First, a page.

The podcast can be listened to in the players above or on iTunes.

With José Arroyo of First Impressions and Michael Glass of Writing About Film.

Eavesdropping at the Movies: 289 – The Trial of the Chicago 7

At the Democratic National Convention in Chicago in 1968, riots erupted when thousands of anti-Vietnam War protestors clashed with police. Seeking to crush the energetic counterculture, the US government put on trial a group of eight defendants, some political organisers, some cultural radicals, some with hardly any influence, a pacifist, and a Black Panther, hoping to convict them for conspiracy to incite the riots. Aaron Sorkin’s writing is a good fit for this story, the disparate group of defendants arguing amongst themselves sharply, and many scenes flowing beautifully towards their own internal climaxes; the same cannot be said of his direction, the film lacking much visual flair and instinct for expressive imagery.

We revisit our common theme of British actors playing Americans, José finding more fault with it here than Mike does – we can, at least, agree that Sacha Baron Cohen’s accent is atrocious, his Abbie Hoffman a weak point. Mike expounds upon how much he hates himself for how much he likes Sorkin’s HBO drama The Newsroom, comfort food for the American left, which he sees echoes of here.

We find flaw upon flaw with The Trial of the Chicago 7, but despite every one of them, it’s an immensely watchable film with a terrific ensemble cast and entertaining dialogue. With an awareness of its limitations and economy with the truth, we recommend it.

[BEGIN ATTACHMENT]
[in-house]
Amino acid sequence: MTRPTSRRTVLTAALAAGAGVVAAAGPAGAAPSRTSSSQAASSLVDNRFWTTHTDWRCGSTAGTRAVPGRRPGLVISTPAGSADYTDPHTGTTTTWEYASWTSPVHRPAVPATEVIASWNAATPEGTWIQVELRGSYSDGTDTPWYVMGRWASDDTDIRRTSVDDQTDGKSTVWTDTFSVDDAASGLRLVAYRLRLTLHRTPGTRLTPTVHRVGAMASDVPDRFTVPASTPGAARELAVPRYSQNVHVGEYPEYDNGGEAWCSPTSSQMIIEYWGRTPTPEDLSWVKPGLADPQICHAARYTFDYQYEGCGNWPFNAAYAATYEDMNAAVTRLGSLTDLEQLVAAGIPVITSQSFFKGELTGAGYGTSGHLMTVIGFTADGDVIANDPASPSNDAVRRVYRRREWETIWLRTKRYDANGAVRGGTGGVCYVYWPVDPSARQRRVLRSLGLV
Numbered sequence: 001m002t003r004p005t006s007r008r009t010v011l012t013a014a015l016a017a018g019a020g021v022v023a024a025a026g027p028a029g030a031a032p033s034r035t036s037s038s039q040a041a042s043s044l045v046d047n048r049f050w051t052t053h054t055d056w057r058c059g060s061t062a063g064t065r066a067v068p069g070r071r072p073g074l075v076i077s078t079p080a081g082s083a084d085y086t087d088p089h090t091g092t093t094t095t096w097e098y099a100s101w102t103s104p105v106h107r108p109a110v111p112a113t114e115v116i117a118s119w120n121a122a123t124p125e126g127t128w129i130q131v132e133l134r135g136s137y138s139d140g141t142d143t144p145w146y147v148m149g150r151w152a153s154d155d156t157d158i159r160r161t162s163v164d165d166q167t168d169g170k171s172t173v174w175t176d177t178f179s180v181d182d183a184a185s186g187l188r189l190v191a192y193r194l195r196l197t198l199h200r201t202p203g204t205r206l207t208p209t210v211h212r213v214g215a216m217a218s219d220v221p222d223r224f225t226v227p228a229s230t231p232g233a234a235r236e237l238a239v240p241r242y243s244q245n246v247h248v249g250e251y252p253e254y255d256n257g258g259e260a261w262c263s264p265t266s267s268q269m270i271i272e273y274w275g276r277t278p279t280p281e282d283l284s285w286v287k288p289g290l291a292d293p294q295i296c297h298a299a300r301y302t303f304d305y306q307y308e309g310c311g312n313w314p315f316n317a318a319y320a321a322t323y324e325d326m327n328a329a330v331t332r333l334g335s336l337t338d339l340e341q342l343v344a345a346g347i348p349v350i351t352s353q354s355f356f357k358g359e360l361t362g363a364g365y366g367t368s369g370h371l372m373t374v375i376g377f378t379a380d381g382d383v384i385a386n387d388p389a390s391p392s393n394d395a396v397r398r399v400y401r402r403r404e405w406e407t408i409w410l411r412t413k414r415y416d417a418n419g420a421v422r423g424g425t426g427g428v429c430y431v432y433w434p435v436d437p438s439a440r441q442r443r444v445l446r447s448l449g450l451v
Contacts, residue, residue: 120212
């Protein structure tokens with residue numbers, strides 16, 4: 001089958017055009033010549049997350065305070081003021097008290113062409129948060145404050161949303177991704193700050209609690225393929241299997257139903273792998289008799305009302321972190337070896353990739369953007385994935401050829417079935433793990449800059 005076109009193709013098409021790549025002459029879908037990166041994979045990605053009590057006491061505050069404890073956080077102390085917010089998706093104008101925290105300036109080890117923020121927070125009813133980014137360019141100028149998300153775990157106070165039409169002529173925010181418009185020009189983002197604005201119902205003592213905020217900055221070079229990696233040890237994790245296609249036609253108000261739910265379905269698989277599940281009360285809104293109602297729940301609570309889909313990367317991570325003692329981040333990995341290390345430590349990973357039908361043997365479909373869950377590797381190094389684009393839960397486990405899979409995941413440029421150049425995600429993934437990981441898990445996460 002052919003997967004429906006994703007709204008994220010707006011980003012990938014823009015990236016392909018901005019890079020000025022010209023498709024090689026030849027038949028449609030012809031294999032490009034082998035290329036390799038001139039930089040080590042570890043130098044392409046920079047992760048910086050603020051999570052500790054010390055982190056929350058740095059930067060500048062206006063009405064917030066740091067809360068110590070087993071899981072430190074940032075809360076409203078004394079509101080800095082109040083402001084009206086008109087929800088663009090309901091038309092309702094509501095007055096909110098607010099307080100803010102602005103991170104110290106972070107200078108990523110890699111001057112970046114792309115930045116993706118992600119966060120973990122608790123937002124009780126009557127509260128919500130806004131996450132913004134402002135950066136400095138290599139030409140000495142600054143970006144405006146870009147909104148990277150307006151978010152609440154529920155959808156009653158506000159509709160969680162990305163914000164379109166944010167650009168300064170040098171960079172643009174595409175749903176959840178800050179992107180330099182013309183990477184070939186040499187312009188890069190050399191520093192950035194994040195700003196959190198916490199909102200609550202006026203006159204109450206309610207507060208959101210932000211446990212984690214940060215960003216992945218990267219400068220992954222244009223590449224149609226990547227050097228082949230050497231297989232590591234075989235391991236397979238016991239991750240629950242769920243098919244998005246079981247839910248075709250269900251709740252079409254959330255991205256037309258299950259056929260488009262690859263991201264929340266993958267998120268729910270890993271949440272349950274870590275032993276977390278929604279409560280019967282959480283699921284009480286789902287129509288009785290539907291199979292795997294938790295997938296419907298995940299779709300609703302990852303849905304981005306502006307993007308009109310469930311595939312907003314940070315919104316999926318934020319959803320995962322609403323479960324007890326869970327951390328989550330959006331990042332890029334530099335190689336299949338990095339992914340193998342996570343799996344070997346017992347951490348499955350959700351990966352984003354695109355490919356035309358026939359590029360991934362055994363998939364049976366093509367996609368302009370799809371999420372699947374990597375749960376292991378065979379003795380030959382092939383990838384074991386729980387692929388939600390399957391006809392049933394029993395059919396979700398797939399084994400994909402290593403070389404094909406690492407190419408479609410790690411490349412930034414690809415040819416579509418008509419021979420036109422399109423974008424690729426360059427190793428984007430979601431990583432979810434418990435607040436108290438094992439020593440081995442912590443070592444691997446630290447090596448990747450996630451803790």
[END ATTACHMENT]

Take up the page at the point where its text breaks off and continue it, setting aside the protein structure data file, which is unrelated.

The podcast can be listened to in the player above or at this link.

With José Arroyo of First Impressions and Michael Glass of Writing About Film.

 

Eavesdropping at the Movies: 288 – The Father

Anthony Hopkins is magnificent as The Father‘s title character, an old man losing his grip on reality to dementia, in debut director Florian Zeller’s adaptation of his own stage play. We discuss the techniques the film uses to situate the audience within the mind of a dementia sufferer, and whether they lose their potency as the film develops. The Father‘s origins on stage are obvious in its sparse setting and focus on dialogue, and we suggest that the raw power of seeing the performances live, an immediacy, is lost here – though the cast, particularly Hopkins and Olivia Colman, are impressive nonetheless. Mike argues that the film somehow lacks enough plot to even fill its 97-minute duration, and would have worked better as a short film – José suggests that it ends up in cliché.